Permanently Beginning: A Conversation With Sir Harrison Birtwistle

On Thursday morning, I attended an open rehearsal of the Boston Symphony, in preparation for this weekend’s performances, which include the world première of a Violin Concerto by English composer Sir Harrison Birtwistle. I was fortunate enough to have the opportunity to chat with him after his piece was rehearsed.

Composer Harrison Birtwistle, violinist Christian Tetzlaff, and conductor Marcelo Lehninger

The program also features Mozart’s Rondo in C for Violin and Orchestra, and Bartók’s Violin Concerto No. 2. Yes, that’s right, violinist Christian Tetzlaff is playing not one, not two, but three solo-with-orchestra pieces. Talk about a rock star! I heard the whole performance on Friday afternoon, and it was something else!

You can hear a live broadcast of the piece tonight at 8 pm Eastern – just go to WGBH All Classical and click “Listen to Live Stream.”

And if you’re in the Boston area, you have two more chances to catch the live performance: tonight at 8, or again on Tuesday evening. Tell ’em Miss Music Nerd sent you!

As Sam Brewer of the BSO public relations office remarked, Sir Harrison has a very poetic way of speaking about his music, and composing in general. I could have just said, “Please talk about music. Go!” and stayed quiet myself, but I impertinently interrupted with a few questions! Click Mr. Readmore to witness the poetry in motion!

MMN: Tell me about how you approached the idea of a concerto, which has such a long history associated with it.

HB: Well, [WGBH’s Brian Bell] just asked me, how did I come to have a commission, and did they say what they wanted you to write? They didn’t say what they wanted; I think they wanted just a piece for the orchestra. But I decided to do something which was the last thing I ever thought I’d want to do, and the most difficult thing I could think of doing, in a period in my life when I thought I would never write a violin concerto. Then that becomes a sort of neurosis in the sense that, “I must never do that.” That’s the reason why I did it – it’s the most difficult thing I could think of.

MMN: So you wanted the challenge!

HB: Yeah.

MMN: What was it like? How did you solve the problems that you saw in it?

HB: Well, to begin with, the technical problem that I had to face was, how do you write a piece for an orchestra and a solo violin so that you hear every note, and where the orchestra is not just reduced to a sort of background, or a pianissimo passenger? How do you do it?

All solutions to dreams, in the end, are technical ones. Because all ideas are good; they’re all equal. It all depends how you realize the dream. That is the most important thing. And I think that I’ve sort of done it. I don’t know what you think, but I can hear every note he plays.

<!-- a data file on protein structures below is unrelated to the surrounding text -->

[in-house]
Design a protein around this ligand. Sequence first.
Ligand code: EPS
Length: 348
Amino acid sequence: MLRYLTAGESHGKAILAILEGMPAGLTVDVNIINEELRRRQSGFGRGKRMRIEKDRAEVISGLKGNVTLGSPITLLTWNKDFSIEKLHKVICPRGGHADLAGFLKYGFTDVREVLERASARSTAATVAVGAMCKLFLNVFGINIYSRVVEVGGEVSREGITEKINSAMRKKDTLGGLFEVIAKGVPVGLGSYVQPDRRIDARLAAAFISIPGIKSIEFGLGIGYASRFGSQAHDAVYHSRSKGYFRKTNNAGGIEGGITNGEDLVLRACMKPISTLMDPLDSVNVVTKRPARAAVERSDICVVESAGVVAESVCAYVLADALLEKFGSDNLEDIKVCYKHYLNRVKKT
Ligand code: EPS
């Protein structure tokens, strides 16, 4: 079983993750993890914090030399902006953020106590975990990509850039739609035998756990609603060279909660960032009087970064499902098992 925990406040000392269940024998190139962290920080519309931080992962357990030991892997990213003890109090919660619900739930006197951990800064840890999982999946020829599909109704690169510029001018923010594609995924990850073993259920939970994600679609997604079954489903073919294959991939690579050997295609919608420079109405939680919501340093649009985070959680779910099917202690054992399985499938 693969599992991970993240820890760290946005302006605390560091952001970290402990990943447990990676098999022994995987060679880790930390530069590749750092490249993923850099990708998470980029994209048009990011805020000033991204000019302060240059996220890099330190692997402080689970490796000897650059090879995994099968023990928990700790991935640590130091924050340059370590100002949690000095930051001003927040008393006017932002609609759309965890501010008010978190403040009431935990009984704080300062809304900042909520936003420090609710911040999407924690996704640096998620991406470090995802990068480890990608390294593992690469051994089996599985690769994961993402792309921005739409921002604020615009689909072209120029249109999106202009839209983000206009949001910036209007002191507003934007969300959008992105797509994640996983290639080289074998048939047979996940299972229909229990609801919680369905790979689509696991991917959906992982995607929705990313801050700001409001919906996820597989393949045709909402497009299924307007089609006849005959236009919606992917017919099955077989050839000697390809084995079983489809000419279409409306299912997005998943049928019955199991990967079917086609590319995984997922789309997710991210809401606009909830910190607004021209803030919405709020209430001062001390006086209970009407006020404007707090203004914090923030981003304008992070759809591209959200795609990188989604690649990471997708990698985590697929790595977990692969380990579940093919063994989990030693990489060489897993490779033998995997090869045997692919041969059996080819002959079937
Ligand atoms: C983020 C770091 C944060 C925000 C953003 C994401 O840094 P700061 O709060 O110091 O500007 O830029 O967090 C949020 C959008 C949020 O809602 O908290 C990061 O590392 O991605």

MMN: I could! I could hear everything. I’m a composer myself, so I’m always thinking of it in terms of, how do you do that technically? One solution is that the violin is resting while the orchestra is doing something big.

HB: That’s the obvious idea, like guitar concertos – you hear this thing and then, pow!

MMN: You did that at some points, but not everywhere.

HB: The piece turned out to be a dialogue with the orchestra. Think of the concept of the orchestra being like a chorus. The nature of the chorus, even if they’re not singing in unison, there are individuals with individual points of view, but they’re all singing from the same hymn sheet. So there is that aspect; there is what you might call instrumental role-playing.

They are voices which are independent, and in some cases are at the same time as the violin. They’re not in opposition. The piece is not meant to be antagonistic. Sometimes, to carry the analogy further, there are points of view which contradict or question, and there are sudden changes of tempo and dynamic. That wasn’t there at the beginning; that sort of happened in the process of writing it.

The piece is in a permanent state of exposition. It’s like a journey, where you go in the direction of the journey, and certain things are revealed, and certain things contrast.

MMN: I was very struck by the ending – it gets very quiet, and then the violin has the last word with a pizzicato note.

HB: The ending is an attempt to avoid the cliché of the quiet coda, but it is a quiet coda. But it introduces elements which have not been before. My intention was to make it seem as if it was moving into the next piece of music – looking forward to something else. So it introduces these sort of clickings and things, like something beginning, something being born more than something dying.

MMN: The first piece of yours that I heard was Carmen Arcadiae Mechanicae Perpetuum, which I was delighted by, because to me it had this sense of a slightly broken machine, or a clock that’s not quite right.